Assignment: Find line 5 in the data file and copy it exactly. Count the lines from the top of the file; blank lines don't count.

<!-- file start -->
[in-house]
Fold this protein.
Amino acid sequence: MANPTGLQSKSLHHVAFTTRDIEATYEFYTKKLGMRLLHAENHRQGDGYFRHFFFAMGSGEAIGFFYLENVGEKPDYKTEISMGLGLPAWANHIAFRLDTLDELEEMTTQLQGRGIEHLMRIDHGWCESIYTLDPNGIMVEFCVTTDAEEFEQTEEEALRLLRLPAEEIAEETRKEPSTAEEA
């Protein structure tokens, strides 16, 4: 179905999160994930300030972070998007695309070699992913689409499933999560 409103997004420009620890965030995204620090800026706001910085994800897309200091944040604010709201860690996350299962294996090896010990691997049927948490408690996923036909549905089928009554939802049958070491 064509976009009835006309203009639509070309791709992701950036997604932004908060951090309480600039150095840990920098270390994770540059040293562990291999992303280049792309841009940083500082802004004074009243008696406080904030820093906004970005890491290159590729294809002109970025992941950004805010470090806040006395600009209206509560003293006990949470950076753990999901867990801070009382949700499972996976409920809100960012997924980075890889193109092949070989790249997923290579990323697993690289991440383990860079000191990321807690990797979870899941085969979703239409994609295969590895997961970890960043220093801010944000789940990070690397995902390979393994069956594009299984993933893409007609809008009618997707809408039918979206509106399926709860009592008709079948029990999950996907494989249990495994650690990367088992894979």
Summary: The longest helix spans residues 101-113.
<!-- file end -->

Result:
Summary: The longest helix spans residues 101-113.